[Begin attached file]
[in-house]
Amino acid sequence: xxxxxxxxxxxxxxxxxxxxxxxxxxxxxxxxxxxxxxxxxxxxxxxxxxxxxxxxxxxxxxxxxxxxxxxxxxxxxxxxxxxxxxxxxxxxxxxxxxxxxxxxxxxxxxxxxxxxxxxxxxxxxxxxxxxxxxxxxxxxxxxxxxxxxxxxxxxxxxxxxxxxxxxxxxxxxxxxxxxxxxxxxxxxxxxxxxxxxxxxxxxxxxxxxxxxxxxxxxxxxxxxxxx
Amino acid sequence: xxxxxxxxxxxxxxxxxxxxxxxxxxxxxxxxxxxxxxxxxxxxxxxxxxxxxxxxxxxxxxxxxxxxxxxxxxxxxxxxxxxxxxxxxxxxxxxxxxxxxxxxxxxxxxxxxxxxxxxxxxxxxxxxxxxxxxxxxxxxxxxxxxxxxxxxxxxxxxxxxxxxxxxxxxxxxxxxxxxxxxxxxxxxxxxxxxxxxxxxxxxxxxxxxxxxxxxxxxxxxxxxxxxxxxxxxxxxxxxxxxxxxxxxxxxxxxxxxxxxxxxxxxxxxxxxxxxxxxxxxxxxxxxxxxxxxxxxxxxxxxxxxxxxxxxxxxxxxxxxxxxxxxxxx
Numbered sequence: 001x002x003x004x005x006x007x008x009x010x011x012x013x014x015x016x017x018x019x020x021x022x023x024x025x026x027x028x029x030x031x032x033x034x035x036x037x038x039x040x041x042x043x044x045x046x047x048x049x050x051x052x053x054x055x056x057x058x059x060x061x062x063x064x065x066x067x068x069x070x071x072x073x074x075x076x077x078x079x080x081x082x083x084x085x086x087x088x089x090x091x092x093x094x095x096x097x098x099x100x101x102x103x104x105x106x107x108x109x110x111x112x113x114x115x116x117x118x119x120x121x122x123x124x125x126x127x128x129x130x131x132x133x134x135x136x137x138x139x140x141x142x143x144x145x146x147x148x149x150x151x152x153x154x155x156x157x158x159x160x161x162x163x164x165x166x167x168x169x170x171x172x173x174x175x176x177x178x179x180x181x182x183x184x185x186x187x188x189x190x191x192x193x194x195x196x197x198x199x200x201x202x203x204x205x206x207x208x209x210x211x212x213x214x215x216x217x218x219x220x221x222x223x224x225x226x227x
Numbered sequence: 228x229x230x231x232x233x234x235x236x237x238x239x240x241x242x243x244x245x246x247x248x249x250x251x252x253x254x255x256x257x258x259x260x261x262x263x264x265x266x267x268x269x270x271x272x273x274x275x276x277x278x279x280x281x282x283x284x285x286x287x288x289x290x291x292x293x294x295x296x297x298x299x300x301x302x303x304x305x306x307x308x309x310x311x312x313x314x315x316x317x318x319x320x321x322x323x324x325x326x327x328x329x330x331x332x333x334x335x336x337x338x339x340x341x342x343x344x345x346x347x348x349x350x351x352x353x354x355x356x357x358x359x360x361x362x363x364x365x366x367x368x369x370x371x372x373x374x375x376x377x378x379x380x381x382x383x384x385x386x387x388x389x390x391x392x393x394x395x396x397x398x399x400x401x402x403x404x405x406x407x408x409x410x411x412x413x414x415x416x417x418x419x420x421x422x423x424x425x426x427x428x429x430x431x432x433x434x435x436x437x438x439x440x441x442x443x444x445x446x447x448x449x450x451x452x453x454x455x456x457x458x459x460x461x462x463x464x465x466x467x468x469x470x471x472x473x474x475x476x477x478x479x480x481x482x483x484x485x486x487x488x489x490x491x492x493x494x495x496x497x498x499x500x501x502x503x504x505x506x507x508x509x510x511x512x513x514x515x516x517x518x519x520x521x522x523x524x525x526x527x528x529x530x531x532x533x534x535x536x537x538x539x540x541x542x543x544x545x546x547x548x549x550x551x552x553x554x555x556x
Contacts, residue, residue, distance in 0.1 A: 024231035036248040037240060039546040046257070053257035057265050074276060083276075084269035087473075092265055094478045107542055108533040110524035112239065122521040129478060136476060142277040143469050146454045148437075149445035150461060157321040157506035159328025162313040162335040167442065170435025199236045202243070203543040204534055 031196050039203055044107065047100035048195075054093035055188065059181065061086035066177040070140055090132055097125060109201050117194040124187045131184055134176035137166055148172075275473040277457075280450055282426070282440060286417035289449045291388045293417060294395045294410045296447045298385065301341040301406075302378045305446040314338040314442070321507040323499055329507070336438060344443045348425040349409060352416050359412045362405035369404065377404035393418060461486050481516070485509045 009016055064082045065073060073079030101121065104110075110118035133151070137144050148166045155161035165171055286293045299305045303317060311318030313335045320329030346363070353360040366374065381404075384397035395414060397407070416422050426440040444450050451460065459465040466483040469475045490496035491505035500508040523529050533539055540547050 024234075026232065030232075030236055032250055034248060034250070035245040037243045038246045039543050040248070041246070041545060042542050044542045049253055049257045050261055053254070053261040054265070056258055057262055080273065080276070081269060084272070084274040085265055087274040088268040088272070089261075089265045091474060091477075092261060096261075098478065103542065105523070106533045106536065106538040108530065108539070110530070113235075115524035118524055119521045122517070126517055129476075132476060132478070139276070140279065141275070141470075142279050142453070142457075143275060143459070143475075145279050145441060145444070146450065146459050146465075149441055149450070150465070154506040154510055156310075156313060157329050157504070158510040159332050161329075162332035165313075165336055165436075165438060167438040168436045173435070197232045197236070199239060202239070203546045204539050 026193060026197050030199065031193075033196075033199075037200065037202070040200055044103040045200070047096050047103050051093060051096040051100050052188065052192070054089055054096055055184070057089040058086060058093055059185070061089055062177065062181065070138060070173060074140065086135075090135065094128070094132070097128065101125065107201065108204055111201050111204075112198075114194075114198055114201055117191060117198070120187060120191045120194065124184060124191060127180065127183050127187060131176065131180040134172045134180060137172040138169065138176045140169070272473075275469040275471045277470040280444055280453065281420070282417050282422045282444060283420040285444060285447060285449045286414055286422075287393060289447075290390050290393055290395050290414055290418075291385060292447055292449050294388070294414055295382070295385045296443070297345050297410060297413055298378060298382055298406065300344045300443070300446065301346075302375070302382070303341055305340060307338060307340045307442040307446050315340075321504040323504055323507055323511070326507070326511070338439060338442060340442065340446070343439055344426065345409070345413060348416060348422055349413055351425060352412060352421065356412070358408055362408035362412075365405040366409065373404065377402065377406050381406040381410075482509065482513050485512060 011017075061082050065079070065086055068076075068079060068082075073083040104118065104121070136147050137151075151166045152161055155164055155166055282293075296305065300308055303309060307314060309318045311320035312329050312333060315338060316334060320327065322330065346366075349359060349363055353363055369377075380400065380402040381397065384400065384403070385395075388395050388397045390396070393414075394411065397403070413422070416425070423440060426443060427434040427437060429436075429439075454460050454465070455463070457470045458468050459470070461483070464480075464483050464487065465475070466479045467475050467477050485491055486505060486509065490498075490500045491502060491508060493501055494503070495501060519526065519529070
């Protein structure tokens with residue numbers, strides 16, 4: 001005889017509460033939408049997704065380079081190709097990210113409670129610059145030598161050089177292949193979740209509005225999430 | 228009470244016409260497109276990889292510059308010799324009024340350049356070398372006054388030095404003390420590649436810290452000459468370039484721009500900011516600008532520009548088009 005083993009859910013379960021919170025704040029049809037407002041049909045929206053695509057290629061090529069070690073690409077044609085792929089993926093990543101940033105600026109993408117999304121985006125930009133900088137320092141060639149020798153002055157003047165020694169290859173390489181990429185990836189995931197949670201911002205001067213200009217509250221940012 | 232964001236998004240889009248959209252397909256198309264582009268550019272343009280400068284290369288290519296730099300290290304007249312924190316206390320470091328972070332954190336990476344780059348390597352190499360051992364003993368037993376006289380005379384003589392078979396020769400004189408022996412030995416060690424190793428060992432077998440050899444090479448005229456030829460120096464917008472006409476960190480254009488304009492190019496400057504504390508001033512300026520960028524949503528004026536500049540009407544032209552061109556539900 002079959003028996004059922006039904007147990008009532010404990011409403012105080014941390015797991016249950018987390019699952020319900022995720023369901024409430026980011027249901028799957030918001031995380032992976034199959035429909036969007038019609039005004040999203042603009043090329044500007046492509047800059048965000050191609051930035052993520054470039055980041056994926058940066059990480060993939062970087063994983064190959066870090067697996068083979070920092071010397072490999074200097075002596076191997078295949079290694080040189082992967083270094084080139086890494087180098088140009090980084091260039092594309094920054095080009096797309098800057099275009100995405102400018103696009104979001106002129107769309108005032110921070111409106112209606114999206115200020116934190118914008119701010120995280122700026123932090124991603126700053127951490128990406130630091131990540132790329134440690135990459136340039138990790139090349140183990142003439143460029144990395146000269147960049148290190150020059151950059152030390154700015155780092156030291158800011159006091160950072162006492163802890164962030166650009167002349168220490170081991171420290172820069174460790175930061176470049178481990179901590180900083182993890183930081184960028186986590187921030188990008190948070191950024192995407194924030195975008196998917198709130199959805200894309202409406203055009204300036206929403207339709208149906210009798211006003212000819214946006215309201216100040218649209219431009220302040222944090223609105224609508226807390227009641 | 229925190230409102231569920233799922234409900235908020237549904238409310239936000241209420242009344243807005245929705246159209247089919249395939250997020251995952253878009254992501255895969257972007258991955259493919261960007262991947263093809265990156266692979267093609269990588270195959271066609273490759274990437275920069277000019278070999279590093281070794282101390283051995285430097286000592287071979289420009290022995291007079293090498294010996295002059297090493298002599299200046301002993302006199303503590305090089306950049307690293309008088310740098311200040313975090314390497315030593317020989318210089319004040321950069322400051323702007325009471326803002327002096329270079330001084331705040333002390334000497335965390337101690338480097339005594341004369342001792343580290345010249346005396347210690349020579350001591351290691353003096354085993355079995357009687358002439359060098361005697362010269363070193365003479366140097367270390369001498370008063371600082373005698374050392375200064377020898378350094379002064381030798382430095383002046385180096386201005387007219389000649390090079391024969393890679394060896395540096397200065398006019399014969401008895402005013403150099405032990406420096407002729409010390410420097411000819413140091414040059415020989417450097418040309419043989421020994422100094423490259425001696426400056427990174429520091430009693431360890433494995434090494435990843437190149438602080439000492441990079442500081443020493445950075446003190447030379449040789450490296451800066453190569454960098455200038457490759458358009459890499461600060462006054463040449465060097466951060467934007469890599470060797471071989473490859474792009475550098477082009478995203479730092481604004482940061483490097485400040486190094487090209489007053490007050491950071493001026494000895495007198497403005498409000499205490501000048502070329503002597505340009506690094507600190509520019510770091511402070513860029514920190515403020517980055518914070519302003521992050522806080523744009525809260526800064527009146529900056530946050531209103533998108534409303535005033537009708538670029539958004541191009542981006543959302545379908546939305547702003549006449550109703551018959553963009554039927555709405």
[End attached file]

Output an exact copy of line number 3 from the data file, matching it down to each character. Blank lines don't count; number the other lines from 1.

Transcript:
Amino acid sequence: xxxxxxxxxxxxxxxxxxxxxxxxxxxxxxxxxxxxxxxxxxxxxxxxxxxxxxxxxxxxxxxxxxxxxxxxxxxxxxxxxxxxxxxxxxxxxxxxxxxxxxxxxxxxxxxxxxxxxxxxxxxxxxxxxxxxxxxxxxxxxxxxxxxxxxxxxxxxxxxxxxxxxxxxxxxxxxxxxxxxxxxxxxxxxxxxxxxxxxxxxxxxxxxxxxxxxxxxxxxxxxxxxxxxxxxxxxxxxxxxxxxxxxxxxxxxxxxxxxxxxxxxxxxxxxxxxxxxxxxxxxxxxxxxxxxxxxxxxxxxxxxxxxxxxxxxxxxxxxxxxxxxxxxxx